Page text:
Bigindicator

A Day in New York

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20130714160740-lu_ihave4hands_2005_b_wphoto_11x14_
I have four hands, 2005 Gelatin Silver Print © Feng Lu
20130729033159-fujishima_floatingisland_2006_digitalphoto_30x40_
Floating Island, 2006 Archival Inkjet Print © Max Fujishima
20130714161613-hyakuda_reflection-1_2012_inkjetprint_11
Reflection-1, 2012 Archival Inkjet Print © Kazuko Hyakuda
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BEAU's hands, 2013 Archival Inkjet Print © Hugh Burckhardt
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Nobember 28th, 11:48, 2008, 2010 Archival Digital C-print on Canvas © Izumi Tokuno
A Day in New York
Curated by: Kazuko Uchida

80 Maiden Lane
14th Floor
10038 New York
NY

August 5th, 2013 - December 20th, 2013
Opening: August 8th, 2013 6:00 PM - 8:00 PM

QUICK FACTS
WEBSITE:  
http://www.newintlcenter.org/
NEIGHBORHOOD:  
tribeca/downtown
PHONE:  
646-794-3745
OPEN HOURS:  
Mon - Fri: 11AM - 7PM
TAGS:  
photography, mixed-media

DESCRIPTION

 

A Day in New York is a photo exhibition of New York-based five artists with their particular series: Max Fujishima (Wish You Were Here), Izumi Tokuno (Blue Wave), Feng Lu (Street Corner), Hugh Burckhardt (Close Encounters), and Kazuko Hyakuda (Reflections). The artists express everyday scenes captured in the City, showing chaotic, accidental, humorous, bittersweet, and, what we love most, dynamic and exciting days of New York.

Wish You Were Here: Max Fujishima is fascinated by motion—a breeze skimming the top of a field or waves surging through an ocean; clouds forming and dispersing overhead as shadows a-foot change hour by hour, affected by both sun and moon. He says that time is motion—it cannot be stopped—and we are all a part of it, and that we must endure moments in time that are difficult and challenging, knowing that another moment will follow and it will bring relief and encouragement. These are the moments that Max searches for in his work. His connection with time is his entry point to the universe. Max's creative workplace is anywhere in the world that he finds himself. He feels the moment. By capturing its beauty and motion with the release of his shutter, he is able to share the moment with others. The spectrum of his photographs will evoke all of one's emotions.

Blue Wave: Since she moved to Roosevelt Island, Izumi Tokuno has captured the Island’s blue essence as her everyday sketch of life. Her awareness of the balance of nature grows on her works, showing sublimated isolation already away from the Island and beyond the East River. Her perception of complex nature invites the viewer to reflect oneself in her Blue Wave. Each image is dated as a title so that the viewer can recall a particular day in their lives and imagine their own world creatively. Each image insists a framework of the passage of time, which is what Tokuno sees nature as a steady pulse.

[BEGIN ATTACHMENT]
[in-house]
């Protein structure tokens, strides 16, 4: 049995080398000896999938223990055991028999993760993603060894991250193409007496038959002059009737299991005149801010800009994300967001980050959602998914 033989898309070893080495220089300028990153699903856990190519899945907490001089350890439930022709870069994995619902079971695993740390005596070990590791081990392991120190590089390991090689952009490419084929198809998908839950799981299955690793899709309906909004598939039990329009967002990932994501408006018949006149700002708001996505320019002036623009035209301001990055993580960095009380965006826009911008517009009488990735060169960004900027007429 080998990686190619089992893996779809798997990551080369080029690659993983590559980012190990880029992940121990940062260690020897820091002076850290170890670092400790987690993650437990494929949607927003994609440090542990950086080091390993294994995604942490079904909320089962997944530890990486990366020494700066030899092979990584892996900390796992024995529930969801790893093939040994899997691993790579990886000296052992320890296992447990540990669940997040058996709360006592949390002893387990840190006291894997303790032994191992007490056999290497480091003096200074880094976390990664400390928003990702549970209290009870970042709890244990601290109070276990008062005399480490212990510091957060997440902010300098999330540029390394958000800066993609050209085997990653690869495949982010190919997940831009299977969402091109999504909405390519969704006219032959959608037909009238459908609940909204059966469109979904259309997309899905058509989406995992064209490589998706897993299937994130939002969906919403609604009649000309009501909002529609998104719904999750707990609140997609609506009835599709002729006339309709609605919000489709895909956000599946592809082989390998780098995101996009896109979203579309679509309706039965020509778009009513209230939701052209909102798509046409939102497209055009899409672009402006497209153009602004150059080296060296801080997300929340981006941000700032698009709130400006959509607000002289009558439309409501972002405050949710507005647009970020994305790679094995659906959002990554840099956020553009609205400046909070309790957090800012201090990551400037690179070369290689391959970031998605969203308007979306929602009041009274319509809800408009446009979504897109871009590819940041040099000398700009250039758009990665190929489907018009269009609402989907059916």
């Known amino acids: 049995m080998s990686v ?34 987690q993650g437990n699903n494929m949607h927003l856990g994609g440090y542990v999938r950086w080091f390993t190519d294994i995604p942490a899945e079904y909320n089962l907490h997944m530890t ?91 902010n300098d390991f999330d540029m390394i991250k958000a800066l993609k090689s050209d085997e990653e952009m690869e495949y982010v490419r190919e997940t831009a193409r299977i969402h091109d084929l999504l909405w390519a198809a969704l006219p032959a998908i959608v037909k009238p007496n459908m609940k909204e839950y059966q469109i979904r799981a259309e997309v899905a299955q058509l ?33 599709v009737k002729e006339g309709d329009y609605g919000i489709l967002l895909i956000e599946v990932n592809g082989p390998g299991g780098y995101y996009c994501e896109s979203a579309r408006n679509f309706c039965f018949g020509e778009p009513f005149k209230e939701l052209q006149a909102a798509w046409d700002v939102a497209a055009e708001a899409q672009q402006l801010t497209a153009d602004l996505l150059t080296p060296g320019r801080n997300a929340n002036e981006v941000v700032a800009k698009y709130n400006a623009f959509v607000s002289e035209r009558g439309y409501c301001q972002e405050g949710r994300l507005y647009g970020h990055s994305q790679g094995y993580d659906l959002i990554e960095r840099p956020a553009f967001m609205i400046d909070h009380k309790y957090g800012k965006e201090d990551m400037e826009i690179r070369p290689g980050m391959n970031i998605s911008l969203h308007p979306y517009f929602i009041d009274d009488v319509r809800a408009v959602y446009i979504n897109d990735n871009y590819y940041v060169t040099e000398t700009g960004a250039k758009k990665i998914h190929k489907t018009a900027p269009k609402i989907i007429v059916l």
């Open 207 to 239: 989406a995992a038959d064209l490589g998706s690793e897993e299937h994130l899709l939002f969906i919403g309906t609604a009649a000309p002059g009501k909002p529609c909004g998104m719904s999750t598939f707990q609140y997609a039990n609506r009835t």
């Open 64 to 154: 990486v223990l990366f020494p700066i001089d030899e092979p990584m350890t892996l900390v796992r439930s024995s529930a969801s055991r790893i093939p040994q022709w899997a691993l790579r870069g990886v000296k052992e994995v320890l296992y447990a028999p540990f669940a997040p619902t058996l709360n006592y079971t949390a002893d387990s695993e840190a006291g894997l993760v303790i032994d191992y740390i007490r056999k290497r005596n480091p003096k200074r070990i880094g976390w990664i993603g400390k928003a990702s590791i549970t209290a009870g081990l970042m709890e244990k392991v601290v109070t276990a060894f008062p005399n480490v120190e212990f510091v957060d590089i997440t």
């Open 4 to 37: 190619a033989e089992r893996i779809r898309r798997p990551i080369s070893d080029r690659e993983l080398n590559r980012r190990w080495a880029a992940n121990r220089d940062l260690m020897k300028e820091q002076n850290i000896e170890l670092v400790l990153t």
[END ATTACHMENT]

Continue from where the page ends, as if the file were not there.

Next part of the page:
Street Corner: Feng Lu, like a hunter, gathers objects throughout the City. He enjoys juxtaposing different objects and watching for the point of collision, at which point a third objects is born, and at this point is where the interest lives. In his case, the street photography is like boxing as the strongest one is the best one. He believes that street photography is best documented through the use of traditional film. The simple black and white contrast often creates a more intense picture. He has worked on films in the USA, Japan, and China. His ten years of artwork collections include Subway, Telephone, The corner of New York, and West, East.

Close Encounters: Hugh Burckhardt has been photographing the ever-changing streets of New York City steadily for about four years. He photographs almost everyone from the locals to the police and to the EMT (Emergency Medical Technician). Everything that happens through his camera is raw, unplanned, unpredictable, and sometimes can get dangerous. He has had three group shows at Gallery Onetwentyeight in November 2010, December 2010, and May 2013, as well as a solo show at the Center for Remembering and Sharing in October 2010.

Reflections: Kazuko Hyakuda, in photography and then printmaking, focuses on women in actuality and on women appearing in advertisements, from which she reads their psychological aspects including mental suffering and subconscious desire grown in urban areas. Another motifs of her works are abstract patterns reflected in water surfaces and in architectural materials such as huge window glasses, steel doors, and shiny wall stones. She interprets that these reflections composed of nature and artificiality in the metropolis portray women’s complex mode of life, that is, instantaneous beauty of ambiguity and absurdity.